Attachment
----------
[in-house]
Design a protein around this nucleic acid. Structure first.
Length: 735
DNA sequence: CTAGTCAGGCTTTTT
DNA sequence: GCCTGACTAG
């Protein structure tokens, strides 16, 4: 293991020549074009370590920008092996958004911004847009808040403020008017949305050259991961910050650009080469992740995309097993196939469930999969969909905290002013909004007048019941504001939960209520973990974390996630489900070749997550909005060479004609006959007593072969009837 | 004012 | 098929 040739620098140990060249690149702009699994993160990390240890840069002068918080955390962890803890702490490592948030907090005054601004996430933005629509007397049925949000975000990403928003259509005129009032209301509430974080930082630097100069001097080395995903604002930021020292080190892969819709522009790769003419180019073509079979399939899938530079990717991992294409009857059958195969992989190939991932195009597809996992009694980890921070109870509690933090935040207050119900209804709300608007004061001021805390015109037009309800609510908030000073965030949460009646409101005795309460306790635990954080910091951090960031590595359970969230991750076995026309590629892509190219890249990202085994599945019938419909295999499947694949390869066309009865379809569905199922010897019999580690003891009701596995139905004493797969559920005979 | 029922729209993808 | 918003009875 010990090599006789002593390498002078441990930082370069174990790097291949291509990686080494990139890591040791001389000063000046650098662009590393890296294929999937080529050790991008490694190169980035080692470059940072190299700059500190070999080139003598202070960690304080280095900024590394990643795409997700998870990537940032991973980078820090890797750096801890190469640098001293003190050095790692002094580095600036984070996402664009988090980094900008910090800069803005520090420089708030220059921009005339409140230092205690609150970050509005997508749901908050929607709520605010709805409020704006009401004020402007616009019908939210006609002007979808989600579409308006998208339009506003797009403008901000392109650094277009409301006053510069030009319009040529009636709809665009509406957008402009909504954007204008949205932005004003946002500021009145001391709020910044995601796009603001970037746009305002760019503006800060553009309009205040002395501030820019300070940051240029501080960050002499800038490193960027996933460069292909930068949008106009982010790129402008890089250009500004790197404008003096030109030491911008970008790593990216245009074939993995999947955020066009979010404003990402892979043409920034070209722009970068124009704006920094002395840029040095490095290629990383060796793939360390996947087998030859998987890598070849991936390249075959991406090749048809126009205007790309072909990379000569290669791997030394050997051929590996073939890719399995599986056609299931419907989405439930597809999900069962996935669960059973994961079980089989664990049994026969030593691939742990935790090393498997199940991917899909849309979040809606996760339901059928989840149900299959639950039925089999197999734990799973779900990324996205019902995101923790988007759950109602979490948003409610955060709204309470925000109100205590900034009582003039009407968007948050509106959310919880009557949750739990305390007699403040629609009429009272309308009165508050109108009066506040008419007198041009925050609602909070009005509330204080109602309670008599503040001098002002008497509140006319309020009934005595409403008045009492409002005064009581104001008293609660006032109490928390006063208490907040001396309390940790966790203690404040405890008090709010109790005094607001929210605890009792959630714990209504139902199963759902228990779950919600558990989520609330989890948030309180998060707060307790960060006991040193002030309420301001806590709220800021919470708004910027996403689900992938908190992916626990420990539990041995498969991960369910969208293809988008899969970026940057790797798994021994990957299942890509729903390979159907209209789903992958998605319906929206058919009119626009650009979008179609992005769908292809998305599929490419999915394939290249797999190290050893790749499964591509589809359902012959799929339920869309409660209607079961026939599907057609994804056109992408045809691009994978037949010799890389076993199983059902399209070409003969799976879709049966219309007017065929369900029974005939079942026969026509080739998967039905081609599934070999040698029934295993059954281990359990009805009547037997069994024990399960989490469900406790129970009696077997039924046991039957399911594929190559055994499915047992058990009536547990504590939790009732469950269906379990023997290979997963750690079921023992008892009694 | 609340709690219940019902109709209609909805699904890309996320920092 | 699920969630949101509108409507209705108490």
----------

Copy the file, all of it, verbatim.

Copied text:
[in-house]
Design a protein around this nucleic acid. Structure first.
Length: 735
DNA sequence: CTAGTCAGGCTTTTT
DNA sequence: GCCTGACTAG
């Protein structure tokens, strides 16, 4: 293991020549074009370590920008092996958004911004847009808040403020008017949305050259991961910050650009080469992740995309097993196939469930999969969909905290002013909004007048019941504001939960209520973990974390996630489900070749997550909005060479004609006959007593072969009837 | 004012 | 098929 040739620098140990060249690149702009699994993160990390240890840069002068918080955390962890803890702490490592948030907090005054601004996430933005629509007397049925949000975000990403928003259509005129009032209301509430974080930082630097100069001097080395995903604002930021020292080190892969819709522009790769003419180019073509079979399939899938530079990717991992294409009857059958195969992989190939991932195009597809996992009694980890921070109870509690933090935040207050119900209804709300608007004061001021805390015109037009309800609510908030000073965030949460009646409101005795309460306790635990954080910091951090960031590595359970969230991750076995026309590629892509190219890249990202085994599945019938419909295999499947694949390869066309009865379809569905199922010897019999580690003891009701596995139905004493797969559920005979 | 029922729209993808 | 918003009875 010990090599006789002593390498002078441990930082370069174990790097291949291509990686080494990139890591040791001389000063000046650098662009590393890296294929999937080529050790991008490694190169980035080692470059940072190299700059500190070999080139003598202070960690304080280095900024590394990643795409997700998870990537940032991973980078820090890797750096801890190469640098001293003190050095790692002094580095600036984070996402664009988090980094900008910090800069803005520090420089708030220059921009005339409140230092205690609150970050509005997508749901908050929607709520605010709805409020704006009401004020402007616009019908939210006609002007979808989600579409308006998208339009506003797009403008901000392109650094277009409301006053510069030009319009040529009636709809665009509406957008402009909504954007204008949205932005004003946002500021009145001391709020910044995601796009603001970037746009305002760019503006800060553009309009205040002395501030820019300070940051240029501080960050002499800038490193960027996933460069292909930068949008106009982010790129402008890089250009500004790197404008003096030109030491911008970008790593990216245009074939993995999947955020066009979010404003990402892979043409920034070209722009970068124009704006920094002395840029040095490095290629990383060796793939360390996947087998030859998987890598070849991936390249075959991406090749048809126009205007790309072909990379000569290669791997030394050997051929590996073939890719399995599986056609299931419907989405439930597809999900069962996935669960059973994961079980089989664990049994026969030593691939742990935790090393498997199940991917899909849309979040809606996760339901059928989840149900299959639950039925089999197999734990799973779900990324996205019902995101923790988007759950109602979490948003409610955060709204309470925000109100205590900034009582003039009407968007948050509106959310919880009557949750739990305390007699403040629609009429009272309308009165508050109108009066506040008419007198041009925050609602909070009005509330204080109602309670008599503040001098002002008497509140006319309020009934005595409403008045009492409002005064009581104001008293609660006032109490928390006063208490907040001396309390940790966790203690404040405890008090709010109790005094607001929210605890009792959630714990209504139902199963759902228990779950919600558990989520609330989890948030309180998060707060307790960060006991040193002030309420301001806590709220800021919470708004910027996403689900992938908190992916626990420990539990041995498969991960369910969208293809988008899969970026940057790797798994021994990957299942890509729903390979159907209209789903992958998605319906929206058919009119626009650009979008179609992005769908292809998305599929490419999915394939290249797999190290050893790749499964591509589809359902012959799929339920869309409660209607079961026939599907057609994804056109992408045809691009994978037949010799890389076993199983059902399209070409003969799976879709049966219309007017065929369900029974005939079942026969026509080739998967039905081609599934070999040698029934295993059954281990359990009805009547037997069994024990399960989490469900406790129970009696077997039924046991039957399911594929190559055994499915047992058990009536547990504590939790009732469950269906379990023997290979997963750690079921023992008892009694 | 609340709690219940019902109709209609909805699904890309996320920092 | 699920969630949101509108409507209705108490």